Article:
The iron-carbon system can have the following phases:
- liquid phase - solution carbon in iron;
- solid solution of carbon in gamma iron;
- solid solution of carbon in alpha iron (delta gland);
- carbon in the form of graphite;
- iron carbide Fe3C, which is more often called cementite.
Cementite is present even in relatively slowly cooled alloys: long holding at elevated temperatures is required, to decompose cementite into iron and graphite. For this reason iron status diagram-carbon has two types: stable chart iron-carbon and metastable diagram iron-cementite. They are also called "cementite system" and "graphite system".
Iron-carbon state diagram
Double status diagram iron-carbon, which combines both options - stable and metastable – shown in the figure. Dotted lines refer to stable iron-carbon diagram, solid - denote a metastable iron-cementite diagram. Note, that "disagreements" between two diagrams - stable and unstable - arise only along those lines, where the phase stands out, carbon-rich: carbon itself in the form of graphite or carbon-rich cementite.
Iron-cementite metastable diagram
The metastable diagram is also called "cementite". Difference from stable ("Graphite") diagrams appear when carbon is released - in the form of graphite or cementite.
As shown in the double diagram, lattices of allotropic forms of iron (d, γ and α or delta, gamma and alpha) serve as a "solvent" for the formation of respectively solid δ-, c- and α-solutions of carbon in iron.
When very low carbon iron crystallizes, then the crystals of the solid delta solution stand out along the liquidus AB line and the solidus AN line. The solid delta solution has a body-centered cubic (OCK) lattice - exactly the same as the solid alpha solution. At the maximum temperature of the solid delta solution 1490 ˚C carbon content is 0,1 % (point H). At a temperature 1490 ˚С a peritectic reaction occurs between the supersaturated solid δ-solution and the liquid phase, containing 0,5 % carbon (point B). As a result, a solid γ-solution of carbon in iron is formed. He contains 0,18 % carbon (point I).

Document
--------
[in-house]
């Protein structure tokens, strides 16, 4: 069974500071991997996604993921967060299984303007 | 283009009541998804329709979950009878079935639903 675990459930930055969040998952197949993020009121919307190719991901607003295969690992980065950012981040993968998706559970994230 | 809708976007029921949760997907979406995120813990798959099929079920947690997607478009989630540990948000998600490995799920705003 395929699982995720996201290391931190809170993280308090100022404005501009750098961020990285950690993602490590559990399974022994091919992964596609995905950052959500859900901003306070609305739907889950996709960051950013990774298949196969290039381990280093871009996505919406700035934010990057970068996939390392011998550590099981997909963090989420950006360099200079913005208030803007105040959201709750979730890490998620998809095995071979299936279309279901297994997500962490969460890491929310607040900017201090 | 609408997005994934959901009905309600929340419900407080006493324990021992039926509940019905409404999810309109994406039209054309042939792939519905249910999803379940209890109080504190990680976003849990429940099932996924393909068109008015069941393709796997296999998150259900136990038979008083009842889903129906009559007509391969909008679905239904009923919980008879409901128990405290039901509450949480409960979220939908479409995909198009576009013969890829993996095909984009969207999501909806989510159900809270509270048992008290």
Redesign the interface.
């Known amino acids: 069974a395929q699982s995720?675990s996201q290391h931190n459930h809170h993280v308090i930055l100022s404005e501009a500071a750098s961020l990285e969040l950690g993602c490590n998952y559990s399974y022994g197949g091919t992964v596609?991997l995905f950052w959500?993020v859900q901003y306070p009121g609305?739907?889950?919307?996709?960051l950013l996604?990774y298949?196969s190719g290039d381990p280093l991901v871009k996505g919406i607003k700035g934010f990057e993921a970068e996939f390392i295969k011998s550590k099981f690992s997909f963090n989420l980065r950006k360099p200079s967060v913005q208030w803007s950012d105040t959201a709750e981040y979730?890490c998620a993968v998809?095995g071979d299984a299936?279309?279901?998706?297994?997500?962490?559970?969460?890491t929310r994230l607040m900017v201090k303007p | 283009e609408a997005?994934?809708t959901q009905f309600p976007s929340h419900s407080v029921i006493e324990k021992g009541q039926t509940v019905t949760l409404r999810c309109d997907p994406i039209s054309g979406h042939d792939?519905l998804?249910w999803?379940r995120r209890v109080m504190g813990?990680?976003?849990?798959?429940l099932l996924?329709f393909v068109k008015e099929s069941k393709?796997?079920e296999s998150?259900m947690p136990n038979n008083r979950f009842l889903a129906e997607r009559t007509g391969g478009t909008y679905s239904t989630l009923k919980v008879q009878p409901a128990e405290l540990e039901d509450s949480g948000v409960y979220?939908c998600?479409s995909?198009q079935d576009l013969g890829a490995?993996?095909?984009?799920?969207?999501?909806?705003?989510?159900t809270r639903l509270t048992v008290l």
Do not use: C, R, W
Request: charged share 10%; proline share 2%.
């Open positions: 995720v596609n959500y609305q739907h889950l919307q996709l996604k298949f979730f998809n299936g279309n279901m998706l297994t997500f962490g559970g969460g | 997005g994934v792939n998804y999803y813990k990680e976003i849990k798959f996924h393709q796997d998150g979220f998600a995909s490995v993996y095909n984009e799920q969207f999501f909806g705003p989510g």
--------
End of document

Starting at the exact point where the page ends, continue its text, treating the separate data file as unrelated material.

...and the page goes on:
If the carbon content is higher, than 0,5 %, then the solid γ-solution crystallizes directly from the liquid phase (along the liquidus line of the BC and the line of solidus IE). At a temperature 1130 ˚C limited solubility of carbon in γ-iron is about 2,0 % (point E). Decrease in temperature below 1130 ˚С leads to a decrease in the solubility of carbon in γ-iron along the line ЕS. At a temperature 723 ˚C carbon solubility is 0,8 % (point S). ES line corresponds to precipitation of iron carbide (cementite) γ-iron.
With an increase in the carbon content, the temperature, at which the gamma lattice transforms into an alpha lattice decreases and this transformation occurs in the temperature range, corresponding to the GS and GP lines.
The alpha phase GS line intersects with the iron carbide ES line at point S. Point S is a eutectic point with the following coordinates: 723 ˚С by temperature and 0,80 % by carbon content. At this point, a solid alpha solution is simultaneously released from the gamma solution of the eutectoid composition (ferrite) and iron carbide (cementite).
The lattice of the solid alpha solution is identical to the lattice of the solid delta solution. At eutectoid temperature 723 ˚C solid alpha solution contains 0,02 % carbon (point P). Further cooling leads to a decrease in the solubility of carbon in alpha-iron and at room temperature it is only small fractions of a percent (point D).
When the carbon content is between 2,0 to 4,3 %, crystallization begins with the release of a gamma solution along the BC line. Increase in carbon content higher 4,3% leads to the precipitation of iron carbide along the line CD.
Isolation of an additional primary phase in alloys with a carbon content higher 2,0 % accompanied by eutectic crystallization of gamma solution and carbon carbide at point C, whose coordinates are - 1130 ° C and 4,3 % carbon.
The MO line is associated with magnetic transformation, that is, the transition from ferromagnetic to paramagnetic state of iron.
Stable iron-graphite diagram
This diagram is also called "graphite". At very low cooling rates, carbon in the form of graphite can crystallize directly from the liquid phase. In this case, a eutectic mixture of austenite and graphite is formed instead of the eutectic of austenite and cementite. As shown in the diagram, the dashed lines, which belong to the iron-graphite system, pass at higher temperatures, than the corresponding lines of the iron-cementite system. This indicates a greater stability and closeness to complete equilibrium of the iron-graphite system.. This conclusion is also supported by the fact, that heating high-carbon steels with a high content of cementite leads to its decomposition: cementite -> iron + graphite.
At moderate cooling rates, part of the alloy can crystallize according to the "graphite" phase diagram, and the other part - according to the "cementite" state diagram.
The lines of phase equilibrium in the diagrams of both systems can shift depending on the specific cooling rates.. The most noticeable shift can be seen for the carbon emission lines in solid gamma solution.. Therefore, the diagram is truly correct only if the alloys are cooled very slowly..